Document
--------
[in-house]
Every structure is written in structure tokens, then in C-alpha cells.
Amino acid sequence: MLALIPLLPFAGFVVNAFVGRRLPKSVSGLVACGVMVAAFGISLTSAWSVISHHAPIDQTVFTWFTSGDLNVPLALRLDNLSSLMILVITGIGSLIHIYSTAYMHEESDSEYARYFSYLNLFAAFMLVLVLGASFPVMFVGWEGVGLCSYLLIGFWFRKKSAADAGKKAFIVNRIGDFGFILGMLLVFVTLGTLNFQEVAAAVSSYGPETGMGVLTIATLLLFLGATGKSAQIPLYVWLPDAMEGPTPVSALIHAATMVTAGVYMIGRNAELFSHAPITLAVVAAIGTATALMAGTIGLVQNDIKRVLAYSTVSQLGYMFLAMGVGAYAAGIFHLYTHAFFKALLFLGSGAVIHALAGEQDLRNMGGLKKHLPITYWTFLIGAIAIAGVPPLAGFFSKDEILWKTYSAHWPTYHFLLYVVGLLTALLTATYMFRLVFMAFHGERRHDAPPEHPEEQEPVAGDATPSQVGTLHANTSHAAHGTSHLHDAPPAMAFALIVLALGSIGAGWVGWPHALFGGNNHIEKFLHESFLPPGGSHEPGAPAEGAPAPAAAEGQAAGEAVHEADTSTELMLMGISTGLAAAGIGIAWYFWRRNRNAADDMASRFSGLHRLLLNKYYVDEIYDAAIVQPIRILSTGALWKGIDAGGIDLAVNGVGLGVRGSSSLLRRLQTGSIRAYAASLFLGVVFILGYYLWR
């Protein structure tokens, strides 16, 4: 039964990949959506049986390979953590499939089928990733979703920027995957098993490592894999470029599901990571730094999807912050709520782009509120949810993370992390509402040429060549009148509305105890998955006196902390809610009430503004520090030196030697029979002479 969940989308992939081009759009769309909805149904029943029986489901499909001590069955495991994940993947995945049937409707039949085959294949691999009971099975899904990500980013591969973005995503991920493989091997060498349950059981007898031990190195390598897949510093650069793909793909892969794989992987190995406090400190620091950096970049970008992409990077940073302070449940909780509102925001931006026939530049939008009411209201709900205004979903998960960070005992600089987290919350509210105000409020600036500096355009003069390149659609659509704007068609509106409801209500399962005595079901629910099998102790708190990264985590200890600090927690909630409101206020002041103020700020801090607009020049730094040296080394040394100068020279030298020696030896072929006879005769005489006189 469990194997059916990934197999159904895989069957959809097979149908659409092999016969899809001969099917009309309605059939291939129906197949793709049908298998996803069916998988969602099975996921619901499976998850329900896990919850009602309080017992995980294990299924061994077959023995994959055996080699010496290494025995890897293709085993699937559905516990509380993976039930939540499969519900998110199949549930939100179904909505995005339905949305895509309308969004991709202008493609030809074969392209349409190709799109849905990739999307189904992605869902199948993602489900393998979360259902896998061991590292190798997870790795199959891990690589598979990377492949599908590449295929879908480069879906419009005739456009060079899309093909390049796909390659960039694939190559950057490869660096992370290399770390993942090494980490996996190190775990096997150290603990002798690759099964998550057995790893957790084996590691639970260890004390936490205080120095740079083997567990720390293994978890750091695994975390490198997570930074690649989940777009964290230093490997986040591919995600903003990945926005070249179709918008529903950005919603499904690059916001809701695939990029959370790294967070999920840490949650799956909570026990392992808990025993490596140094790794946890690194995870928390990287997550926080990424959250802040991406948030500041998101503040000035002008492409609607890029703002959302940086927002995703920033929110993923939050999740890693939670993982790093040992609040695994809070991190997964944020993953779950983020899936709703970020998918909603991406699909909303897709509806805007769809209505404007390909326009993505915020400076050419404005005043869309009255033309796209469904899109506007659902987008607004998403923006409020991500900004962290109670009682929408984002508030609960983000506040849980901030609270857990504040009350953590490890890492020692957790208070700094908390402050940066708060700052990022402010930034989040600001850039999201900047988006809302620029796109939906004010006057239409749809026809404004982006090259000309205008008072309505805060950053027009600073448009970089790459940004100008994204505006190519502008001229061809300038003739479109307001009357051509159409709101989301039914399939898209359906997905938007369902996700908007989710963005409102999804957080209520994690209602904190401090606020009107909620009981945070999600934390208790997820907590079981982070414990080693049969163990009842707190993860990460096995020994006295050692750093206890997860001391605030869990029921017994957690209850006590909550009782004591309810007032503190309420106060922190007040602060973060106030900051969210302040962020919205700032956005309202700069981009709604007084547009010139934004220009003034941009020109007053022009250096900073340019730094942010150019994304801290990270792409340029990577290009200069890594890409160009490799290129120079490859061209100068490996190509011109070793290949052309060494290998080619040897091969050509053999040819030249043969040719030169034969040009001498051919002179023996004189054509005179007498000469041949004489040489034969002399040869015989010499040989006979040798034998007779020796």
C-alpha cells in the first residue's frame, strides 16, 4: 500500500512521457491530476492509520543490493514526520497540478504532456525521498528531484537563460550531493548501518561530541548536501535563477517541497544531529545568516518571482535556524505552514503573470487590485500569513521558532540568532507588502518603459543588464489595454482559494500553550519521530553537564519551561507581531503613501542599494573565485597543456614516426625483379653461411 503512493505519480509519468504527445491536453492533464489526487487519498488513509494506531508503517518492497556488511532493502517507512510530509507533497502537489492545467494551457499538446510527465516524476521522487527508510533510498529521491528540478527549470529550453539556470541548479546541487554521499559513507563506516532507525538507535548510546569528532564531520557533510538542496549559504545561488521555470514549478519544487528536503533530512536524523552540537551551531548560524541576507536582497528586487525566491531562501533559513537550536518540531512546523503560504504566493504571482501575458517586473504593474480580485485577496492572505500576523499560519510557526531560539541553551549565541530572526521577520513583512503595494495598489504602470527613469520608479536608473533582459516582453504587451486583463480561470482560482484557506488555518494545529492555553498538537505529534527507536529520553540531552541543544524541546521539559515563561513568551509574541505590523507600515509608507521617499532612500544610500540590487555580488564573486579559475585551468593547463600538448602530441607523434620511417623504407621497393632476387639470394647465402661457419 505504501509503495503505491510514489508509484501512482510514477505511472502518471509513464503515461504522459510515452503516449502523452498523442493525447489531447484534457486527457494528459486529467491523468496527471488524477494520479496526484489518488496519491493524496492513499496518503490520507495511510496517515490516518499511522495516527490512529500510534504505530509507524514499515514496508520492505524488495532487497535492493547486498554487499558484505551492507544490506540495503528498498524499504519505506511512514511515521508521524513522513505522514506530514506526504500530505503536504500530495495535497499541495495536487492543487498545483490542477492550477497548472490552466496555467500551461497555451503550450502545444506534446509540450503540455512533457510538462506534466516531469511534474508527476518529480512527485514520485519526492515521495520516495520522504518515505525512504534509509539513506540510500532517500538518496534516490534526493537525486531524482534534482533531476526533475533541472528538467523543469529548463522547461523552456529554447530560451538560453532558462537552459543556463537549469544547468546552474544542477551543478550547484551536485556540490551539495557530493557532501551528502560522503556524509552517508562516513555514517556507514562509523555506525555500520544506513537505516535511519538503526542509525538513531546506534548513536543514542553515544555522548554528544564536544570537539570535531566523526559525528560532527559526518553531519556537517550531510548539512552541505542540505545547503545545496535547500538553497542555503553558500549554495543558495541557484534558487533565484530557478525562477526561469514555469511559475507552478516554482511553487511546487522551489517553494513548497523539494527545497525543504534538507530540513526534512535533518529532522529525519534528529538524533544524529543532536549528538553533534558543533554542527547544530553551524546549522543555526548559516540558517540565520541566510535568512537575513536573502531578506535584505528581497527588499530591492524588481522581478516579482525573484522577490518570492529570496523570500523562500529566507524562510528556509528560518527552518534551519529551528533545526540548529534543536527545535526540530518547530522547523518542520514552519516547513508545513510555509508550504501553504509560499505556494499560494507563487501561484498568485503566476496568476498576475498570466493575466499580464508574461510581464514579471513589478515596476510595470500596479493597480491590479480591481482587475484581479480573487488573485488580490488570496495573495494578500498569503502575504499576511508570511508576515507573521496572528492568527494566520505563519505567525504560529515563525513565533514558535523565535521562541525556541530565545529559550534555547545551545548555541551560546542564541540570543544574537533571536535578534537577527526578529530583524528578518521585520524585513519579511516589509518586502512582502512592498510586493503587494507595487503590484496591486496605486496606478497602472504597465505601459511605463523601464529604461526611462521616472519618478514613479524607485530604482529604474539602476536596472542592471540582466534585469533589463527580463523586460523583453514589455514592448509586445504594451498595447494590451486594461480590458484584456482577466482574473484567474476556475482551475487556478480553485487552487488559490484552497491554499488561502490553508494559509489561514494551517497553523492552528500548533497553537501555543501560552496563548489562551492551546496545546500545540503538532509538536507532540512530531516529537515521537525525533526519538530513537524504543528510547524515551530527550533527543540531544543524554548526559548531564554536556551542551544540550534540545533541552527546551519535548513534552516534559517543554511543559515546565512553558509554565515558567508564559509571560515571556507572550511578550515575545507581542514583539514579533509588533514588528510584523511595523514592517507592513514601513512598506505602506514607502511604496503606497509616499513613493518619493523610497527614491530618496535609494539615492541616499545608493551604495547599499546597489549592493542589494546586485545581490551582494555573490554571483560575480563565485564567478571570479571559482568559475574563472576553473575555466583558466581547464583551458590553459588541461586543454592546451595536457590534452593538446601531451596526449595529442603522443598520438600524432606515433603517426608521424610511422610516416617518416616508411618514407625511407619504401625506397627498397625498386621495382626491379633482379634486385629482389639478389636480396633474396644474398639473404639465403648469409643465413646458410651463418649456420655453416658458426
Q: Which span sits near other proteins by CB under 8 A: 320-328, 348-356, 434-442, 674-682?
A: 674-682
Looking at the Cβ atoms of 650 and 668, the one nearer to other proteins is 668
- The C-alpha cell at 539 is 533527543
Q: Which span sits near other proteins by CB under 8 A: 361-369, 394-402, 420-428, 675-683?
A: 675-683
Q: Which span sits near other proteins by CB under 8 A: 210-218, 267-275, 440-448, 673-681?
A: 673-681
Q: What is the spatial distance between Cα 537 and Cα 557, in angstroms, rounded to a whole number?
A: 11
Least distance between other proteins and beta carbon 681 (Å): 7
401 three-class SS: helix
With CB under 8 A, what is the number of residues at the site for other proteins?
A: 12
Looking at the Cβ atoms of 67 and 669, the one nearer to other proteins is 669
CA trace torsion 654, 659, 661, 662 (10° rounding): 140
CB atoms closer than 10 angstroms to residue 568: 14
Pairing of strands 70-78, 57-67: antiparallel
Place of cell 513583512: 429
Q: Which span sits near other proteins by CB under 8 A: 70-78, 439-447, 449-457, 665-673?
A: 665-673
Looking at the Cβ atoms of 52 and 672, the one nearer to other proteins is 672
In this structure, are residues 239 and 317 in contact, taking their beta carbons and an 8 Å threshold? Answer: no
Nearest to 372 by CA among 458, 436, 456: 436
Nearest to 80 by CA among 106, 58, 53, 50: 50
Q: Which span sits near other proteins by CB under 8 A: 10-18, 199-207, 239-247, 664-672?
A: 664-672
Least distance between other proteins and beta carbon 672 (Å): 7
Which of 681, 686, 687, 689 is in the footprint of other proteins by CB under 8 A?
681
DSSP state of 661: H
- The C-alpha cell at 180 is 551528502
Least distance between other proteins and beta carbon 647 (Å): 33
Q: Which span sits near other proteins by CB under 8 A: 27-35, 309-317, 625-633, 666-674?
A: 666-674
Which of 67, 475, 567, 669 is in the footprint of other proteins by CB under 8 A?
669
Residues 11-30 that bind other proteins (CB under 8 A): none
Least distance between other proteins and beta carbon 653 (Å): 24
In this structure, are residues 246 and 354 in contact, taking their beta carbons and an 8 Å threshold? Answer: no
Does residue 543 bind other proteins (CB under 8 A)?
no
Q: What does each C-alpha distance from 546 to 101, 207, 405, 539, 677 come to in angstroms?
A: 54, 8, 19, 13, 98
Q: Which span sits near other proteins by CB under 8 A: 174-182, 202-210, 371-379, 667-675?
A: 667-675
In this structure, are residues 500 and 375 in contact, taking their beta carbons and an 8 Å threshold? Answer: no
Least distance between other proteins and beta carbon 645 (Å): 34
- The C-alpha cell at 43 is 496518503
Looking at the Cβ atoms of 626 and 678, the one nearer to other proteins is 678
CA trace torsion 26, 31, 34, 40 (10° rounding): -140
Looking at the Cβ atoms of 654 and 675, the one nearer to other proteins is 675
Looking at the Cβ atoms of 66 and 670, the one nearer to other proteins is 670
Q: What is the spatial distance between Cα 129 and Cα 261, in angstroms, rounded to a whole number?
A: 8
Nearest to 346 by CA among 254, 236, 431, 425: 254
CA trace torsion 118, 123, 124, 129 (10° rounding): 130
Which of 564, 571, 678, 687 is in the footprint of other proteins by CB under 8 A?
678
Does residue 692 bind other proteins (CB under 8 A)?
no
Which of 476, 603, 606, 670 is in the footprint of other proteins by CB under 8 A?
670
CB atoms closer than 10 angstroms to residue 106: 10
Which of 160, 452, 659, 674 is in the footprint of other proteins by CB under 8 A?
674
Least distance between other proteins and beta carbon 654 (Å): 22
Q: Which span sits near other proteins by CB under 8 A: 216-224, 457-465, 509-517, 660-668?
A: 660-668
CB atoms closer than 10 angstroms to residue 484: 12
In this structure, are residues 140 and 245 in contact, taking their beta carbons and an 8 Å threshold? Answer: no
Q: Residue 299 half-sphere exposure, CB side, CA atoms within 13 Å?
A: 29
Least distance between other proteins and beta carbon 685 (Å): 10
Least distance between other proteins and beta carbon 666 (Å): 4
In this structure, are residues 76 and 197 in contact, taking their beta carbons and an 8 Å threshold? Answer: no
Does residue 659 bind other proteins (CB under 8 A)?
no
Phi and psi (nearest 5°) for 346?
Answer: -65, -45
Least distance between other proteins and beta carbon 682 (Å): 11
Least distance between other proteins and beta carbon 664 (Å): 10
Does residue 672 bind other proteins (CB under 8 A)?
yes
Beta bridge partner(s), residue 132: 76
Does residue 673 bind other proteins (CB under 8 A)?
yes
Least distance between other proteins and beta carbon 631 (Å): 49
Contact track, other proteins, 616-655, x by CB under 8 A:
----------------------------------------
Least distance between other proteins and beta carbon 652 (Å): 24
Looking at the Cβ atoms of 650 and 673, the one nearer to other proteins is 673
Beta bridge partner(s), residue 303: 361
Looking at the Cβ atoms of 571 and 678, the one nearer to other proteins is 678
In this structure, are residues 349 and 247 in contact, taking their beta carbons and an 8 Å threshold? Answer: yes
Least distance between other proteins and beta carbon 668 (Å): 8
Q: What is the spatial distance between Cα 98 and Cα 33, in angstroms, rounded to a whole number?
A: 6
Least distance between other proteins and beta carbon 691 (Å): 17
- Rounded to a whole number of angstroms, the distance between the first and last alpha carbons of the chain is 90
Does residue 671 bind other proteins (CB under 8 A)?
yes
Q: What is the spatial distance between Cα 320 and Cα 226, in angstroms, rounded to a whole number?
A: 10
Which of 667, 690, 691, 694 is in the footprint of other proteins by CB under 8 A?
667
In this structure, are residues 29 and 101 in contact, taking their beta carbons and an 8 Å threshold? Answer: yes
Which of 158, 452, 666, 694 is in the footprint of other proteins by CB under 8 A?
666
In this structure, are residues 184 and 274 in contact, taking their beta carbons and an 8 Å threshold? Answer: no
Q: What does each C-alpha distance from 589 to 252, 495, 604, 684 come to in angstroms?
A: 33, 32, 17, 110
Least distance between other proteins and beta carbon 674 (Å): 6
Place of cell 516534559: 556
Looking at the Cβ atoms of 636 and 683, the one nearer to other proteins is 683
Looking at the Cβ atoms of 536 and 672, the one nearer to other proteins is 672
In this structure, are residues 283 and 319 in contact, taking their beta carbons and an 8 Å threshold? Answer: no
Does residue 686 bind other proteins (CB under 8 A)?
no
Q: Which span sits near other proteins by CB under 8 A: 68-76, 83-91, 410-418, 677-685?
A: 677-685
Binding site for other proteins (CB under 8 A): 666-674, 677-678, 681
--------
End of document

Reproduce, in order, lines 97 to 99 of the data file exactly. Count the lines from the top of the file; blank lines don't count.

Looking at the Cβ atoms of 650 and 673, the one nearer to other proteins is 673
Beta bridge partner(s), residue 303: 361
Looking at the Cβ atoms of 571 and 678, the one nearer to other proteins is 678